Even Thomas Jefferson was not as anti-religion as many secular and atheist militants wish to make him. Jefferson, who was indeed a deist is often claimed by the secularists as one of their own. But consider the fact that Jefferson was among the least religious of the Founders and yet he was more reverent and supportive of religion than most atheists would want to admit.

Deism, for those that don't know, is a near extinct belief system that few people hold anymore. Deists believe in the existence of God or a higher power and intelligence but they believe that God is inactive in creation. God initiated the creation process but stepped back and lets the natural workings of the universe continue on without any concern or interference. In other words God is impersonal, apathetic, and unknowable in contrast to the theistic notion that God is personally interested and active in the affairs of the universe and human beings. It must also be contrasted with atheism which asserts that there is no God or any supernatural, higher being. This is important to note.

A fact that few of you probably know about and may be surprised to hear is that the United States Capital building was also used as a church before congress officially moved into the building up until after the Civil War. Many prominent figures attended including Jefferson (who was the most regular attendee), John Quincy Adams, James Madison, and later on Abraham Lincoln. Dorothy Ripley was the first woman to preach before the House in that building and Henry Highland Garnet became the first black man to preach in front of Congress to commemorate the Thirteenth Amendment abolishing slavery. Christian prayer was held unchallenged in the federal Capital building for 71 years.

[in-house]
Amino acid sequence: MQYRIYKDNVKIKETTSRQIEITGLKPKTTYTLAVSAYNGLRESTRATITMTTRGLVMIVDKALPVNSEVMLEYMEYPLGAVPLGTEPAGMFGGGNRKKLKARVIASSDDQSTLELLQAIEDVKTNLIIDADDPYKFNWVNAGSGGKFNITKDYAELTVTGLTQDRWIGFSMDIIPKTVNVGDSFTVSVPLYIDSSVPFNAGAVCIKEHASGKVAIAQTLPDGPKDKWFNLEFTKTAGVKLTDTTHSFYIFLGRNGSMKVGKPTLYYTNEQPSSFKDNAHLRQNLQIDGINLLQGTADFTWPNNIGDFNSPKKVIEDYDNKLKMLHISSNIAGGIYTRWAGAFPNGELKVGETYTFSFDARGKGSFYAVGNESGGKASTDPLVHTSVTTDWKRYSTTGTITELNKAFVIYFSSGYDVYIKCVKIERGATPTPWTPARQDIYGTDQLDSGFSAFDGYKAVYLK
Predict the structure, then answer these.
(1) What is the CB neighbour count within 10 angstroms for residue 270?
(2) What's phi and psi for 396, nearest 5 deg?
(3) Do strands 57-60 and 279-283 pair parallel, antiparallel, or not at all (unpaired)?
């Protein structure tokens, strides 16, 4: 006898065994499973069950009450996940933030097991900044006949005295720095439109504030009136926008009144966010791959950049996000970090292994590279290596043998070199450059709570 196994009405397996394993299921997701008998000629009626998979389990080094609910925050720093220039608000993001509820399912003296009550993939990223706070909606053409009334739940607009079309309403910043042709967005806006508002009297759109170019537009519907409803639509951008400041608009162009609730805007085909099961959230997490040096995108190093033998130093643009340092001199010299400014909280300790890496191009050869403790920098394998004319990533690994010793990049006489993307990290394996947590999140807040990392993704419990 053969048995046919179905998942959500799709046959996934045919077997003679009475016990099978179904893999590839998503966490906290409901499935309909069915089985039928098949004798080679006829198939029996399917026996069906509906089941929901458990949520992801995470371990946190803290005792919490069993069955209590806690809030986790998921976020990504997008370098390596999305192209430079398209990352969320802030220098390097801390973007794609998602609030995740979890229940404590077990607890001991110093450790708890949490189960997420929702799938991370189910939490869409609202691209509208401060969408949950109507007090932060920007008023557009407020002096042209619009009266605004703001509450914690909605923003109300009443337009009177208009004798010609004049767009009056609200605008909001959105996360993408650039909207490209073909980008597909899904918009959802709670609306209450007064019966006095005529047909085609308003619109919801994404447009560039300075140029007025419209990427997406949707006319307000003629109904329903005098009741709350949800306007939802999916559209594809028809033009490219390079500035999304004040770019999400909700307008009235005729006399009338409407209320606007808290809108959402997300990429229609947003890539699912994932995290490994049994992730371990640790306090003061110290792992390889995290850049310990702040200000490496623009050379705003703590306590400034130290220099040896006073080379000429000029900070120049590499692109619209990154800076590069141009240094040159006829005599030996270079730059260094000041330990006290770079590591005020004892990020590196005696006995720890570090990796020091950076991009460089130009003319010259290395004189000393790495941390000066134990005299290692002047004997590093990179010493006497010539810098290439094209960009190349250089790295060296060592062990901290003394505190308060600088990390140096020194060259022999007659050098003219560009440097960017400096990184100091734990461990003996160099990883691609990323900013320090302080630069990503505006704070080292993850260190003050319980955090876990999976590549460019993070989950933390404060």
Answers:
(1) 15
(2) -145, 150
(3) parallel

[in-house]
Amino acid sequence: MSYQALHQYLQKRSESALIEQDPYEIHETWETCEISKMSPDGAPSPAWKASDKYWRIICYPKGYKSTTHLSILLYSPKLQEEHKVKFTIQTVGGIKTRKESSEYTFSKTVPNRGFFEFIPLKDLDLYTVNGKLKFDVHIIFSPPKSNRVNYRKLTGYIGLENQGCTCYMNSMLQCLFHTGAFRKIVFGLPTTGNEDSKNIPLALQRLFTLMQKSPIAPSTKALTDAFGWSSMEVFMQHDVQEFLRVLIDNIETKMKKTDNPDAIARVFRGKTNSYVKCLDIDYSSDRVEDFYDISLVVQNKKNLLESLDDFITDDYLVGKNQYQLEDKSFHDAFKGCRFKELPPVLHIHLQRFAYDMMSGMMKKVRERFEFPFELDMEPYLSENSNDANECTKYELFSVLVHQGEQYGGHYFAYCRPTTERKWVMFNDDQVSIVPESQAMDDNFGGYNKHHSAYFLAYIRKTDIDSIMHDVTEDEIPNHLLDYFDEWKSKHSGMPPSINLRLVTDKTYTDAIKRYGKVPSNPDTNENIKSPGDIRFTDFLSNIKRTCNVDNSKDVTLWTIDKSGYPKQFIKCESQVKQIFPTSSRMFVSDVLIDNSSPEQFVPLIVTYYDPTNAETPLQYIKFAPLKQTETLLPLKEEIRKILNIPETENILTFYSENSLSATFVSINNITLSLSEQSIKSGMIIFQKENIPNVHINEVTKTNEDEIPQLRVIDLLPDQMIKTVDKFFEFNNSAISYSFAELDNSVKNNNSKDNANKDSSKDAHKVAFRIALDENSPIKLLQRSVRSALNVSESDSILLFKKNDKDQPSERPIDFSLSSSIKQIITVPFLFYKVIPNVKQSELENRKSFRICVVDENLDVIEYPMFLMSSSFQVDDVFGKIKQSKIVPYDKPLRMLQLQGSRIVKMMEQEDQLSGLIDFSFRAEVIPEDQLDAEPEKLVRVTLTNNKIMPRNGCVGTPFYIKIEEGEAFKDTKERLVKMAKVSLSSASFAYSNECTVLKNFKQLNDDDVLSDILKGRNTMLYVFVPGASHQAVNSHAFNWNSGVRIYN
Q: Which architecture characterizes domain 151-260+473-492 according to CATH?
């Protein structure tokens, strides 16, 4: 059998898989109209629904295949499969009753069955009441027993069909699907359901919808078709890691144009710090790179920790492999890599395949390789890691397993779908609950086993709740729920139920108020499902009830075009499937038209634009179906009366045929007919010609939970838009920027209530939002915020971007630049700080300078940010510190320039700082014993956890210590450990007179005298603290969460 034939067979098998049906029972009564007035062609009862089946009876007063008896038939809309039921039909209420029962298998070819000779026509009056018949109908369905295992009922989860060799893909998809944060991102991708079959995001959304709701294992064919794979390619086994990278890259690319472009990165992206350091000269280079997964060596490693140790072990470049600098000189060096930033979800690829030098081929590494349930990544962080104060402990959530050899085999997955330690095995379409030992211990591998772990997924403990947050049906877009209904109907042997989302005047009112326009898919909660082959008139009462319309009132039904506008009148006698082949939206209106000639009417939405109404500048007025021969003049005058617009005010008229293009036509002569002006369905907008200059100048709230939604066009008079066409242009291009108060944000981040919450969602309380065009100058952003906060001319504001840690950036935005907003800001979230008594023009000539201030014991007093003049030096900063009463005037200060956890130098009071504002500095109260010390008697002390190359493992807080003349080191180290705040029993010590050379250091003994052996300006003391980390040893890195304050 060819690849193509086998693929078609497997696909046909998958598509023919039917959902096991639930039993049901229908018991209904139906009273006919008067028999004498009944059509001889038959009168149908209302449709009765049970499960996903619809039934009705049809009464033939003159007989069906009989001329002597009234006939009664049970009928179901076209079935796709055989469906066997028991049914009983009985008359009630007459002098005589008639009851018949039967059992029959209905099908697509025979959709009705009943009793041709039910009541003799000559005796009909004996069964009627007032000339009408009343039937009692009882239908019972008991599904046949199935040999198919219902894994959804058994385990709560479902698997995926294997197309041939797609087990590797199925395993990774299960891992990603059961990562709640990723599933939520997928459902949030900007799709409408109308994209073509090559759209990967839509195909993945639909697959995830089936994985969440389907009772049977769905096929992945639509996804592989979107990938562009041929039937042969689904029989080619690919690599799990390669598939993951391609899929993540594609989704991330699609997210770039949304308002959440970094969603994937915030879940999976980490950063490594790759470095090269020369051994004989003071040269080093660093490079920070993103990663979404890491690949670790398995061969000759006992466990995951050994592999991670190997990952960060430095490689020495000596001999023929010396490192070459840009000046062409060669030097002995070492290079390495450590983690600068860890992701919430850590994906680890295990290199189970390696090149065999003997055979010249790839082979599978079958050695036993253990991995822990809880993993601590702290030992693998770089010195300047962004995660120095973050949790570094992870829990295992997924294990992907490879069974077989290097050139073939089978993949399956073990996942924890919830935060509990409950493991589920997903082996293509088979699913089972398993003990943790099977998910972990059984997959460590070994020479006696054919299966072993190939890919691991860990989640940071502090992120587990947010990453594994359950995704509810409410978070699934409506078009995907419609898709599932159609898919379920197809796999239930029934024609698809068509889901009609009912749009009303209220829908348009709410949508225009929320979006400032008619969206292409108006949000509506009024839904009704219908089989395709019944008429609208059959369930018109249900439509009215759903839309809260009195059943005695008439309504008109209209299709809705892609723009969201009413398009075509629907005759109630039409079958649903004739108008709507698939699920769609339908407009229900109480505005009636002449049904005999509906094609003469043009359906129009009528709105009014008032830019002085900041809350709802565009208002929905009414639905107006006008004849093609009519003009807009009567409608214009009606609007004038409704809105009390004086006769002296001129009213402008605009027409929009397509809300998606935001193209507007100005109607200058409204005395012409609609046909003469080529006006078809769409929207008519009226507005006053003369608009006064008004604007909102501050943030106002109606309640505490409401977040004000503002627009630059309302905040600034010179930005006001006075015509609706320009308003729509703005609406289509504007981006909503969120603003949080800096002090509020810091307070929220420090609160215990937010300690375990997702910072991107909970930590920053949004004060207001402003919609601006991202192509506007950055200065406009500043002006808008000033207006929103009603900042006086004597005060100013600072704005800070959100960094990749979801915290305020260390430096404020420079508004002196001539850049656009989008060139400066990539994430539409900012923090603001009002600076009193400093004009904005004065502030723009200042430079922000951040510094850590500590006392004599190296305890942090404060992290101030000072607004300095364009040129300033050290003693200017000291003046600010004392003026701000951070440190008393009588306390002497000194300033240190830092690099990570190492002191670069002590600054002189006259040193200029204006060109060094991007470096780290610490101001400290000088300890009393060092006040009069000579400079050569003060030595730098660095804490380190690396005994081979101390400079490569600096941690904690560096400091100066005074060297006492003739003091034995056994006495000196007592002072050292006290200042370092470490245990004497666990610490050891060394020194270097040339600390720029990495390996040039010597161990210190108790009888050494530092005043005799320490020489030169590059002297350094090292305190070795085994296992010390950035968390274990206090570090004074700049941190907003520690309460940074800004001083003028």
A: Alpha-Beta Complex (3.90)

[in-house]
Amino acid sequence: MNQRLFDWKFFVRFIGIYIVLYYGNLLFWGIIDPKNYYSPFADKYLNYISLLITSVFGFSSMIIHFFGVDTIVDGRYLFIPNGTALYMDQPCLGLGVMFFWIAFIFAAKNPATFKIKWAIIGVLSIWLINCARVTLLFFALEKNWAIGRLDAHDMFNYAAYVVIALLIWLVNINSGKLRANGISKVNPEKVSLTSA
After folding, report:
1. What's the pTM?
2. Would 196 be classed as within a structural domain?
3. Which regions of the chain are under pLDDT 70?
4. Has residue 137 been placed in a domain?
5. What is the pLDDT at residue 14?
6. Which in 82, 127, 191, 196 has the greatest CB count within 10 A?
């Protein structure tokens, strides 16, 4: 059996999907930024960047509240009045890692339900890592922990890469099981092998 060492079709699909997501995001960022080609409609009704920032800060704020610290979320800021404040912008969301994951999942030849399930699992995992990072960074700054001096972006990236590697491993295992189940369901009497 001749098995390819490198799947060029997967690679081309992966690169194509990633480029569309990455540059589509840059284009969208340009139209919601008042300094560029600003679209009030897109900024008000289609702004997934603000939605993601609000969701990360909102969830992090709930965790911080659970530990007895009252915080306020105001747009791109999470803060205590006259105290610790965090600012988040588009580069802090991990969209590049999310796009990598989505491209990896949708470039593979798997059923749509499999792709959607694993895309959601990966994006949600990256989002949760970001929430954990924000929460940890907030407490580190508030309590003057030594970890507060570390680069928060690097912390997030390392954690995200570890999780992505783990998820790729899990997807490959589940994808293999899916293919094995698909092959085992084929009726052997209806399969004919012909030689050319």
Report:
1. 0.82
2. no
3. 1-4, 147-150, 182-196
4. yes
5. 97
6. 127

Here the House would hold religious services of prayer and sermons that could last 2-3 hours before they began their sessions. Not only did Jefferson regularly attend the services, but he asked Congress to support religious causes. In 1803, Jefferson recommended to Congress the approval of a treaty providing government funds to Catholic priests to minister to the Kaskaskia Indians. He signed extensions of a measure, three different times, which was described as a "an Act regulating the grants of land appropriated for Military services and for the Society of the United Brethren for propagating the Gospel among the Heathen."

But wait, didn't Jefferson give the "wall" metaphor? Yes he did. "Believing that religion is a matter which lies solely between man and his God, that he owes account to none other for his faith or his worship, that the legislative powers of government reach actions only, and not opinions, I contemplate with sovereign reverence that act of the whole American people which declared that their Legislature should "make no law respecting an establishment of religion, or prohibiting the free exercise thereof," thus building a wall of separation between Church and State."